So, you’re creating a fantasy religion for a story or game. When your characters need to interact with their gods, where do they go—if anywhere at all? Down the street to the local temple? To the top of a windswept mountain? To a corner of their kitchen? Today we look at religious sites in historical cultures to inspire our imaginations.
We can start by looking at religion in today’s world. Look at the religious life of a modern western community and you will find some people attending their local church, synagogue, or mosque, some people praying quietly in their own homes, some feeling inspired by solitary walks in the woods, some debating points of theology over the internet, some participating in celebrations of religious holidays, and some not involved at all. Many people will do more than one of the above. No culture or religious tradition is monolithic, and this is just as true in the past as the present. The history of religious expression is one of incredible variety both across and within cultures.
In this variety, though, there are some patterns that recur in varying forms. People use different kinds of religious sites for different needs. Many different traditions have used similar kinds of religious sites, and within any given tradition different sites are used for different purposes. Today we will look at four common types of religious site out of the wide variety of possibilities: assemblies, temples, household shrines, and natural spaces.
The “assembly” type of religious space will be recognizable to anyone familiar with major variants of the modern monotheistic religions. It is a space where a community of believers gathers to perform collective rituals such as praying, singing hymns, hearing sermons, feasting, and witnessing or participating in ritual enactments.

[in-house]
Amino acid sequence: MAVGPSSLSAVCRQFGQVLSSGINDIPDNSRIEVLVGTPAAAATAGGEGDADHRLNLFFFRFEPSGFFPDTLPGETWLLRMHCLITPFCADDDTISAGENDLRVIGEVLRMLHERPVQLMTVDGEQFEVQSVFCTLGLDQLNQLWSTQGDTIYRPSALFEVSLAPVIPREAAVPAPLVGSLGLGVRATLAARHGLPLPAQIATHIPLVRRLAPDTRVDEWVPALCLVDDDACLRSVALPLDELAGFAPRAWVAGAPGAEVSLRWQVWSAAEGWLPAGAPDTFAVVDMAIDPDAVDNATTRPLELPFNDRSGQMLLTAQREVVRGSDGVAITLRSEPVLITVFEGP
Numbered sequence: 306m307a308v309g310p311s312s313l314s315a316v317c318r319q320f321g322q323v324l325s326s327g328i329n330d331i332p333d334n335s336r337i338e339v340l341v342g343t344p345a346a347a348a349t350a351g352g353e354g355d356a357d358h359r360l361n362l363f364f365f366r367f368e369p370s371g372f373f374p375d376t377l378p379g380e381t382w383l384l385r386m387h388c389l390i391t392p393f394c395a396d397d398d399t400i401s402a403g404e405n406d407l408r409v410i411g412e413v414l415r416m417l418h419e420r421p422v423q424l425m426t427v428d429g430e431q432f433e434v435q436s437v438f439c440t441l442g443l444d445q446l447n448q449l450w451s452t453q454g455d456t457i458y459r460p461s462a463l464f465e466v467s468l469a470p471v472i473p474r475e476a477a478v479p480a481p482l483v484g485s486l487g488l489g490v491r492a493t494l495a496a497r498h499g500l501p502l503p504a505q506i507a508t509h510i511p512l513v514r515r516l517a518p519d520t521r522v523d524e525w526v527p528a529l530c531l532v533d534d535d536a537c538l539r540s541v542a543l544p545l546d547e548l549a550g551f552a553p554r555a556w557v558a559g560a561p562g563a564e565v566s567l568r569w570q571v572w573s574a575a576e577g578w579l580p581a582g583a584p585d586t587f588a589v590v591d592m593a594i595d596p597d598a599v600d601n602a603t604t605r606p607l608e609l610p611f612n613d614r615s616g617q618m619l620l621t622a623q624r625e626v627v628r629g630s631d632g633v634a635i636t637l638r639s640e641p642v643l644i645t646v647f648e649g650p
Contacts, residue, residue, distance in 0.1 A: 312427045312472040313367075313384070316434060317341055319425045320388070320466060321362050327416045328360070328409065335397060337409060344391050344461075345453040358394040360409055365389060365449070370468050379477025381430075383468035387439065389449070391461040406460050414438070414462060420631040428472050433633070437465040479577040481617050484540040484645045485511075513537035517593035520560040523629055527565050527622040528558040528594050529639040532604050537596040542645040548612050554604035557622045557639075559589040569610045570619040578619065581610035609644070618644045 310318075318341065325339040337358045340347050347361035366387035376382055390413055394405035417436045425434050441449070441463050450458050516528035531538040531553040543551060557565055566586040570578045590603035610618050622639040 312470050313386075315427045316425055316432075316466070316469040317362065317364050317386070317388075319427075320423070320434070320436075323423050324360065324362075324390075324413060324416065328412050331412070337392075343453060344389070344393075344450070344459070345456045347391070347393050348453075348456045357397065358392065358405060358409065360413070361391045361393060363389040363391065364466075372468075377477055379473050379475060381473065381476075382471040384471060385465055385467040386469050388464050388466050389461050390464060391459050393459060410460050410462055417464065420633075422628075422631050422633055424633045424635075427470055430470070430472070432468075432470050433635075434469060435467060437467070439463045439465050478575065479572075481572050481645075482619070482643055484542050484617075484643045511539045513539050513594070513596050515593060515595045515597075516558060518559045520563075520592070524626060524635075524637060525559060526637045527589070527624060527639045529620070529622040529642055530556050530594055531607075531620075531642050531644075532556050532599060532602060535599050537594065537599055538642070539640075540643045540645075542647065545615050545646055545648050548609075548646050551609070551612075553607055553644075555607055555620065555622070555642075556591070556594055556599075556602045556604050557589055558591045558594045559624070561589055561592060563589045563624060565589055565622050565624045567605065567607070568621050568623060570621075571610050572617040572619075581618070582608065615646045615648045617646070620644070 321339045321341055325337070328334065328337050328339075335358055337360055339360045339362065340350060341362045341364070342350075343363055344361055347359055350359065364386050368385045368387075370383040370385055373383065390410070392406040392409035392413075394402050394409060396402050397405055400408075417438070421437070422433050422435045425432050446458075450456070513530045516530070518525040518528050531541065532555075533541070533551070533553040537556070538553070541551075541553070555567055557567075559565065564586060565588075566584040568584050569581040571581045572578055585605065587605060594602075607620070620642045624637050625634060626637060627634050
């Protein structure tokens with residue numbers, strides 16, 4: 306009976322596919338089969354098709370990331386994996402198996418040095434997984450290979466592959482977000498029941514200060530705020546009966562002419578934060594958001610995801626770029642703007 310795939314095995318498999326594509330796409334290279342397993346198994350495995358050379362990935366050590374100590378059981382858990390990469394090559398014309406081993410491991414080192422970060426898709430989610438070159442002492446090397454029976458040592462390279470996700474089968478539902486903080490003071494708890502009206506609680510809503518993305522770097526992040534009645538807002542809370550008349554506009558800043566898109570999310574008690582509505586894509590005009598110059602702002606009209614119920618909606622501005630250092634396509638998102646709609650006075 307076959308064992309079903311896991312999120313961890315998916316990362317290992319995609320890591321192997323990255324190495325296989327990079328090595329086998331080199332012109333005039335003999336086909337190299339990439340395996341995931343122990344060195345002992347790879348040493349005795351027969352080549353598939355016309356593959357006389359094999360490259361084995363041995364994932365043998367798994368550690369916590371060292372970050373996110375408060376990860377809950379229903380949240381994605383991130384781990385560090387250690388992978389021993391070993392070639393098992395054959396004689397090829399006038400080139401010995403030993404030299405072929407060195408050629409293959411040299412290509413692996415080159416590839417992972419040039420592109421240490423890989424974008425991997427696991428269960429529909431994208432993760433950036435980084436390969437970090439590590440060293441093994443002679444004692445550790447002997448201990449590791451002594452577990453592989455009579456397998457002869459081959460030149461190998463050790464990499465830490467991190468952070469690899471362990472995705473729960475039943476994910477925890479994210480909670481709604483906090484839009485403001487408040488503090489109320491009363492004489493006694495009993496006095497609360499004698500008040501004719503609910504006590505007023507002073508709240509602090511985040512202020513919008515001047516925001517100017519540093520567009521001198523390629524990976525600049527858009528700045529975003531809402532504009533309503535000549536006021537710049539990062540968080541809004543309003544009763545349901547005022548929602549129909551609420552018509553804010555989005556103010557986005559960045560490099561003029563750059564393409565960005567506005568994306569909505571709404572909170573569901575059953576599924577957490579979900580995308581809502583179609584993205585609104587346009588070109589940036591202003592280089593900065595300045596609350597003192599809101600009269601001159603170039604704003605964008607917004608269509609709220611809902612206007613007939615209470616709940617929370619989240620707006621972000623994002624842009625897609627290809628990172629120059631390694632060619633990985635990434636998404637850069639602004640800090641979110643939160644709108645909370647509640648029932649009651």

In the previous installment in the fantasy religions series, we looked at how people following traditional religious customs often perceive the divine around them in physical, tangible forms. Today we turn to the question: how do you interact with such divine forces?
There’s an old joke that says a young man went to his priest one day and declared: “I’m an atheist! I don’t believe in god!” And the priest replied: “Do you think He cares?”
It’s a good joke, but in the doctrines of Christianity, as in the other modern monotheisms, Judaism and Islam, belief matters a great deal. Believing in a god and a certain set of ideas about that god and humanity’s relationship to him/her/it is what defines membership in the religions we are most familiar with in the modern west. Not that everyone is in lockstep about their beliefs: modern religions can have enormous debates about what to believe, but belief is still at the center.
In most traditional religions, belief is a non-issue. As we saw before, peoples following traditional religions see the divine presence in the physical world in a literal, not metaphysical way. To an ancient Gaul, Belenus was not just the god of the sun, the sun itself was Belenus. To say to an ancient Gaul: “I don’t believe in Belenus” would be like saying: “I don’t believe in the sun.” Their response would probably not be: “Do you think he cares?” but: “Well, what do you think is shining on you, idiot?” There were no professions of belief in traditional religions, no creeds or catechisms, no inquisitions or doctrinal schisms.
Down the crimson marble steps of the temple of Zurukh, god of blood, came a bald priest in the red robes of the Order.
“Heathens!” he cried, pointing with his holy whip at Our Heroes. “Heretics! Blasphemers! You shall bow down and worship Zurukh or burn in the fires of the Scarlet Inquisition!”
“Silence!” answered Inessa, stepping forward from the party and raising aloft her crosier. “Repent of your wickedness! The power of Adnea, Lady of the Pure Light, compels you!”
Religions are tricky to write. If you’ve delved into much fantasy, you’ve probably seen a lot of faiths that seem oddly familiar. In fact, the religions of some fantasy worlds can be charitably described as “Catholicism with the serial numbers filed off.” Even given a profusion of gods with their own temples and cults and spheres of influence, fantasy religions tend to work more like the modern monotheisms than like the actual ancient “pagan” traditions they are outwardly imitating.
How can you make your fantasy religion feel more authentically ancient? There’s no rules to it, but in this and some future History for Writers posts, I’ll share some of what we know about historical beliefs from around the world that may help you imagine a religious worldview that feels less modern.